AVR Flashlight Controller
700mA constant current driver for flashlights with one lithium cell
I am one of those people who sometimes order flashlights from China.
For little money you get a lot of technology: A solid aluminum housing with rubber seals, a high-power LED, suitable driver electronics - mostly powered by one or more 18650 lithium batteries.
Since I actually always have one of those lamps in my pocket, the word got around in my friends' circle as well. There was a real flashlight competition, and thus also lamps with less good driver electronics fell into my hands. High time to start tinkering!
Such a driver is often capable of more than just limiting the LED current. A microcontroller makes it possible to switch between different brightness levels or blinking patterns. The driver is attached in form of a small circuit board behind the LED. Both are attached to a brass block, which also ensures the heat dissipation of the light emitting diode, and screwed with a thread in the head of the lamp. On the back side, the contact spring is attached to the positive pole, the negative pole is soldered to the brass insert.
Some time ago I got an Ultrafire TH-T60 with a defective driver as a gift. A circuit board breakage caused the LED to light up only when the head was not screwed completely tight. With a multilayer board layout containing components close together, this is nothing that can be found and repaired with a little effort. On further analysis, I also found that this lamp was not even regulated to constant current. Microcontroller, Mosfet - current is limited at most by the internal resistance of the battery. This confirms the statement that the brightness was initially very high, but quickly decreases. Thus, even the 975(!) lumens claimed by the manufacturer are only reached over a short period of time.
To protect the LED and to offer a more constant brightness, I have chosen the constant current LED driver MIC4802 for my own controller. This is a linear regulator with programmable current limiting and PWM input. Switching regulators are not suitable for operation with only one lithium cell, the forward voltage of the LED is only slightly below the battery voltage.
As mentioned before, some flashlights offer dimming and flashing functions. For this purpose an ATTiny45 is used, which is connected to the PWM input of the MIC4802. The microcontroller has to detect the toggle request by short interruptions in the power supply. For this I came up with the following trick: The controller gets its operating voltage via a shottky diode and a capacitor. The reset pin is connected directly to the power supply via a resistor. If the voltage drops for a short time, the controller gets a reset pulse. A flag in the MCU control register offers the possibility to determine whether it is an external reset or the power on reset.
There is always some critic about the brightness levels and flashing functions. One person finds three levels too few, the other does not need the stroboscope. To solve these problems, I have stored various "mode sets" in the firmware:
- Brightness in 3 steps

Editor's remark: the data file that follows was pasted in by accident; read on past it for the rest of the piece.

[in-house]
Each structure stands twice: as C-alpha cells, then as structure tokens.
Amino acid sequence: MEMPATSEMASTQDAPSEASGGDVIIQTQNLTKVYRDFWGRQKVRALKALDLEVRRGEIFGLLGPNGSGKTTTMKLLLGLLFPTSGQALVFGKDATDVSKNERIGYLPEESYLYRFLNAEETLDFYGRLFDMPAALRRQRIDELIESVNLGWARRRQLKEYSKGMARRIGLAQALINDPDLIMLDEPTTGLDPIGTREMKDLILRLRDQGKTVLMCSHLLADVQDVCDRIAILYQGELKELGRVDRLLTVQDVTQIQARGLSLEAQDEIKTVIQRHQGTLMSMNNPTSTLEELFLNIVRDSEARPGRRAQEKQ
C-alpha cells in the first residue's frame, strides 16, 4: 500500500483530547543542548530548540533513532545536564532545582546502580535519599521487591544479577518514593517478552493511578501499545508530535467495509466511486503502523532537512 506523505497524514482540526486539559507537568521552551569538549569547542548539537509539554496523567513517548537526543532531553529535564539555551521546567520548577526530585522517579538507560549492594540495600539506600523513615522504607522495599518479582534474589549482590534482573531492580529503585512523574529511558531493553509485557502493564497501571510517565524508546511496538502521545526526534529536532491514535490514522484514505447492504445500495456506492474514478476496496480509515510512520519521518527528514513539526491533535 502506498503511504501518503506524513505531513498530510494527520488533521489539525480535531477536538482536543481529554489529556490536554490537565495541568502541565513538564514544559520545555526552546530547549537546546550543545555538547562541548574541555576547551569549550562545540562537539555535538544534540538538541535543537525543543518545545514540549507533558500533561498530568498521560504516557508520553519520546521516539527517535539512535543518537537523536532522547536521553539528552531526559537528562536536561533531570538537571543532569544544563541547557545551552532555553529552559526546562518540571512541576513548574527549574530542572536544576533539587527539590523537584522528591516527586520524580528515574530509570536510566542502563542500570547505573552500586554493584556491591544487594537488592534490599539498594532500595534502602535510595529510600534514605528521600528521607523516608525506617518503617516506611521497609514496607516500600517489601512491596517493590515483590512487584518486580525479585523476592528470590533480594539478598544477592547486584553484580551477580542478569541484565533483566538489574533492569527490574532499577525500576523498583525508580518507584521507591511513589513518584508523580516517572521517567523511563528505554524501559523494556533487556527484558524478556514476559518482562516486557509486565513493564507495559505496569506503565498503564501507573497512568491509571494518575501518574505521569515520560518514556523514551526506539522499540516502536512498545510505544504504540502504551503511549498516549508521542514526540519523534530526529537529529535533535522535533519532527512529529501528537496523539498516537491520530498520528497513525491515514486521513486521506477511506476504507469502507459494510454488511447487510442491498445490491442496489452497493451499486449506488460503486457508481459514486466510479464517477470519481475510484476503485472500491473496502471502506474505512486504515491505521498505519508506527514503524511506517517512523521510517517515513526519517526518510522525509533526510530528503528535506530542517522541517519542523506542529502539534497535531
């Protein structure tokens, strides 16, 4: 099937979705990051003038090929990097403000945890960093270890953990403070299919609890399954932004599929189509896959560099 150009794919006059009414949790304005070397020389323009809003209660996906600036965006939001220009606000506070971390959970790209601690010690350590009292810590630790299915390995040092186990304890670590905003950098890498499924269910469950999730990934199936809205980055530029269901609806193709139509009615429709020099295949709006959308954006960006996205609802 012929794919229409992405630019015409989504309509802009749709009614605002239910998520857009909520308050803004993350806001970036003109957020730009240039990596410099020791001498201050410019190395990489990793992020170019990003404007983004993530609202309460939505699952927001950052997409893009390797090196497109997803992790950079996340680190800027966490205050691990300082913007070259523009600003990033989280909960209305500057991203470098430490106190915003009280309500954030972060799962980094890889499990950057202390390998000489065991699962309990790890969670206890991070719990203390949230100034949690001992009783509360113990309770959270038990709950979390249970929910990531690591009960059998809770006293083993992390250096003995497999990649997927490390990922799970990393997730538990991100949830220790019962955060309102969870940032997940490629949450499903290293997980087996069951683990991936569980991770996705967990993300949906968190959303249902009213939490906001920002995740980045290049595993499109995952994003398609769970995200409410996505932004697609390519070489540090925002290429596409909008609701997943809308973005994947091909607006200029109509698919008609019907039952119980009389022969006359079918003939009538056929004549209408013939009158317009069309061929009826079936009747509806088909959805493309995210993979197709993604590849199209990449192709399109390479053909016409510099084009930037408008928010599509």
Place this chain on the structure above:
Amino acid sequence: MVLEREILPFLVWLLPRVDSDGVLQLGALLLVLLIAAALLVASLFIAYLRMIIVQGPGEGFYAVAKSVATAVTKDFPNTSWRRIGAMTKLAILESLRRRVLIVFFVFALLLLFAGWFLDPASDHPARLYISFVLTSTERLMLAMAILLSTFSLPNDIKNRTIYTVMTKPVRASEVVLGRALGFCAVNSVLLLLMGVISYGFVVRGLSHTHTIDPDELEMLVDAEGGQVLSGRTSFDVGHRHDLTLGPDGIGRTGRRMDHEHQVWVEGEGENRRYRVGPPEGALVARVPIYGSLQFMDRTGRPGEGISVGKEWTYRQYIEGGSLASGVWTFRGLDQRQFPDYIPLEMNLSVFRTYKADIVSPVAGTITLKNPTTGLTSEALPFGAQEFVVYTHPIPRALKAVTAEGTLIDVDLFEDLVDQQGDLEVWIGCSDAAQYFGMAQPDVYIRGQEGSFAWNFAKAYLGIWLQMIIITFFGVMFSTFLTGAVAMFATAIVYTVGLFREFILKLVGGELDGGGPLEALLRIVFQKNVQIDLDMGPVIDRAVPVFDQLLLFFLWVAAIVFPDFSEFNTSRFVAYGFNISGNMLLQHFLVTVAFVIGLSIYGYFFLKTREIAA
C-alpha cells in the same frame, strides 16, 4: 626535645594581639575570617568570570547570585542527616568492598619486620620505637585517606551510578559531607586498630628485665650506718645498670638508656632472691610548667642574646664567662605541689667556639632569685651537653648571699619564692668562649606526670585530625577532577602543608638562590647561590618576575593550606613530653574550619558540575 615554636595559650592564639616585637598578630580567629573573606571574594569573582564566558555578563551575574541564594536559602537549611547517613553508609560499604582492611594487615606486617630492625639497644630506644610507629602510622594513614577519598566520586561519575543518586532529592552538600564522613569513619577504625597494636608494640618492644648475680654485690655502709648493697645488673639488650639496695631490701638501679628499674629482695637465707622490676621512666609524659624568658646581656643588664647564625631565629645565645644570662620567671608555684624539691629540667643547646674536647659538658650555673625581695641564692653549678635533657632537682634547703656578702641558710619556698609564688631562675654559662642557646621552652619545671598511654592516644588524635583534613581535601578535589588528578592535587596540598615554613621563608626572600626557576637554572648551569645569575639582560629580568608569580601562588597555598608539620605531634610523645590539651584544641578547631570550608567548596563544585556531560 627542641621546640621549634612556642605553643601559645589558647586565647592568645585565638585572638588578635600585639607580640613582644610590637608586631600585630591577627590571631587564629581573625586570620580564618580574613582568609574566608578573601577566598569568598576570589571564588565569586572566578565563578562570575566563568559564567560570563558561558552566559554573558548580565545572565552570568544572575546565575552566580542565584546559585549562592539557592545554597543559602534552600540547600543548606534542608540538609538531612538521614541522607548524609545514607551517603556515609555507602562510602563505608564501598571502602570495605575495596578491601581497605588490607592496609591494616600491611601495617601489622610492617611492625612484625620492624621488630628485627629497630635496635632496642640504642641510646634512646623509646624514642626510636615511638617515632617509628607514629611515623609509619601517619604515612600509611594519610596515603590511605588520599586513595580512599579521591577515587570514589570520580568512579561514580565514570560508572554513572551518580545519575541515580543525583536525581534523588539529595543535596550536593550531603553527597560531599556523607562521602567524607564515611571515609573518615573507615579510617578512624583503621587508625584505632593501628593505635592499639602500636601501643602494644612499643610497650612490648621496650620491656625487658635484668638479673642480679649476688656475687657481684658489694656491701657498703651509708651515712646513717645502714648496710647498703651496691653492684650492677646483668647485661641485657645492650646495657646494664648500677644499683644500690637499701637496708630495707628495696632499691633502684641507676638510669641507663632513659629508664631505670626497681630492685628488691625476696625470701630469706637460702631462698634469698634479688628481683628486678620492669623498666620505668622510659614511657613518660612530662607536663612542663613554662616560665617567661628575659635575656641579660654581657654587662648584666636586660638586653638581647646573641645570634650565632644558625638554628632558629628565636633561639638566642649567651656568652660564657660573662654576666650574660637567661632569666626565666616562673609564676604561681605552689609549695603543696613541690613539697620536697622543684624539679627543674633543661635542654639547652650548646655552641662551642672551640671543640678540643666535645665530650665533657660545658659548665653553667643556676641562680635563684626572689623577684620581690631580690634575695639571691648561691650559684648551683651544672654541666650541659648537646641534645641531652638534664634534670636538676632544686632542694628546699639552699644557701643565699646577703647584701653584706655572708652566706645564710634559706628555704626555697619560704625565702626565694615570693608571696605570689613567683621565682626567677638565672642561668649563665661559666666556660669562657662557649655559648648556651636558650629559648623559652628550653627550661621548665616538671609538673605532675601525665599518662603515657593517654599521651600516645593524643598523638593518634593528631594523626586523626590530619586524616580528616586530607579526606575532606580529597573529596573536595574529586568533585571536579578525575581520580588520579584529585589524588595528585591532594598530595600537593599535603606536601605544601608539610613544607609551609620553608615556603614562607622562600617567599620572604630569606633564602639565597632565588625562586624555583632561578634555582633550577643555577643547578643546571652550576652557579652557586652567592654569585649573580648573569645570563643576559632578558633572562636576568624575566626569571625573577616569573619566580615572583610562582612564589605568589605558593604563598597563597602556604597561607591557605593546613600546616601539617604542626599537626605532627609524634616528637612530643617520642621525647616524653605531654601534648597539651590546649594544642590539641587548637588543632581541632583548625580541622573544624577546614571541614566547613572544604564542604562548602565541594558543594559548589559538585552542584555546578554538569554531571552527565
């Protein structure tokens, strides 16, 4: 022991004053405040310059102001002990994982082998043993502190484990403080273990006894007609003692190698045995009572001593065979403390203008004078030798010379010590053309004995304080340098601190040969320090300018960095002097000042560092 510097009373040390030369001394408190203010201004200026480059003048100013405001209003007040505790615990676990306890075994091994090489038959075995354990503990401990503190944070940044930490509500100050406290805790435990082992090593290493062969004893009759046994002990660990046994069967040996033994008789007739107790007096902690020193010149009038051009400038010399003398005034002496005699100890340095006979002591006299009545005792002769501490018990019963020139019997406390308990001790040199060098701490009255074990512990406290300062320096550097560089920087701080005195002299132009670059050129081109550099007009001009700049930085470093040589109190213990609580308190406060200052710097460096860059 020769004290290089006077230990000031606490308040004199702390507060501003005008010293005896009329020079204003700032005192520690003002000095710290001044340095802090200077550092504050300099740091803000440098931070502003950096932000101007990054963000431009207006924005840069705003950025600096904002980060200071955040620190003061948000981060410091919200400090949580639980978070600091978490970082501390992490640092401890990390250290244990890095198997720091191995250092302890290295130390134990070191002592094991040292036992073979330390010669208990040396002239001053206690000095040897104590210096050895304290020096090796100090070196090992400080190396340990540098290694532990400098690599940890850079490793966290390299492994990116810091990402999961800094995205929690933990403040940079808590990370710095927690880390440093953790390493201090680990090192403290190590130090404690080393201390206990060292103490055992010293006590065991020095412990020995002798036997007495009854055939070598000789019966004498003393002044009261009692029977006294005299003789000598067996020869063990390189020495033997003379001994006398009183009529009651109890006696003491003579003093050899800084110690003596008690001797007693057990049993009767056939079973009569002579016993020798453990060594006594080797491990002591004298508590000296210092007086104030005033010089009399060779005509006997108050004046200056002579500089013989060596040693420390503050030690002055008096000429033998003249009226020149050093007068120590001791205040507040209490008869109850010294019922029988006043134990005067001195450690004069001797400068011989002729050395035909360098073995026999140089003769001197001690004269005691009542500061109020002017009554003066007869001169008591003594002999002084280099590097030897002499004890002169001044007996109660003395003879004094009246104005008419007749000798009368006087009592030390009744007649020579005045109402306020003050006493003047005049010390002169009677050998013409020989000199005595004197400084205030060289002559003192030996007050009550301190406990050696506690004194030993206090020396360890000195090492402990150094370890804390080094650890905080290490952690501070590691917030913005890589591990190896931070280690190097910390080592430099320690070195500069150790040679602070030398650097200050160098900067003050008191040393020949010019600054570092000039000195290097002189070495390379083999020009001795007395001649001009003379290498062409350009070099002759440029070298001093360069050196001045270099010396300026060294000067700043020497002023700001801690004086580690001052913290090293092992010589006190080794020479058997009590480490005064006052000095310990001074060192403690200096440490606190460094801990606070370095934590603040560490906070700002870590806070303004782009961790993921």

- Brightness in 5 steps
- Brightness in 7 steps
- Brightness in 5 steps, stroboscope, SOS
- Brightness in 5 steps, flashing, stroboscope, short flash
- Brightness in 5 steps, flashing, stroboscope, short flash, SOS, alipine distress, up and down thread, spooky flicker (pseudo-random number generator)
To change the mode set, the mode must be switched 20 times in a row (tap briefly, keep pause time short) and then wait longer than 2 seconds. The lamp flashes x times according to the set and then remains dark. After a complete power off the mode set is active.
The flashlight can either always start with the brightest level, or continue the last mode. This can be switched by tapping 25 times and then waiting (as above) and is acknowledged 7 (save state) or 8 (start with full brightness) times flashing.
A voltage monitor ensures that the flashlight switches off when the supply voltage drops below the discharge voltage. The shutdown voltage can be adjusted in the main.h to the respective battery type (eg LiIon or LiFePO4).
The double sided PCB was etched by hand as usual. Afterwards it was cut out with a fretsaw and fitted with a key file. Above on the left the desoldered original board is shown, on the right you can see both layers of the new board.
Plated through vias can be easily created using wire soldered on both sides. The resistors and some capacitors have 0603 SMD packages.
The MIC4802 has a so-called "Exposed Pad", a pad on the bottom side which is supposed to dissipate the heat. Some solder is applied to the board, then the chip is placed on the preheated board and soldered by hot air. The chip should be soldered a little bit offset, otherwise the pad will short-circuit with the trace to the PWM pin, which is routed underneath the chip. The remaining 8 pins can be soldered by hand.
Last but not least there's just some mechanical work to do. Solder the contact spring, solder the ground of the PCB with the brass insert, assemble the reflector and LED, done!
By the way, the picture shows a WF-501B with a blue anodized case. This one already has a usable driver out of the box, but it doesn't have as many functions.
Video - First tests
Have fun tinkering with it!
Downloads for the project
- Flashlight Wiki - AVR Drivers
- BudgetLightForum - How To Build a Flashlight With Perfect Modes (BLF VLD)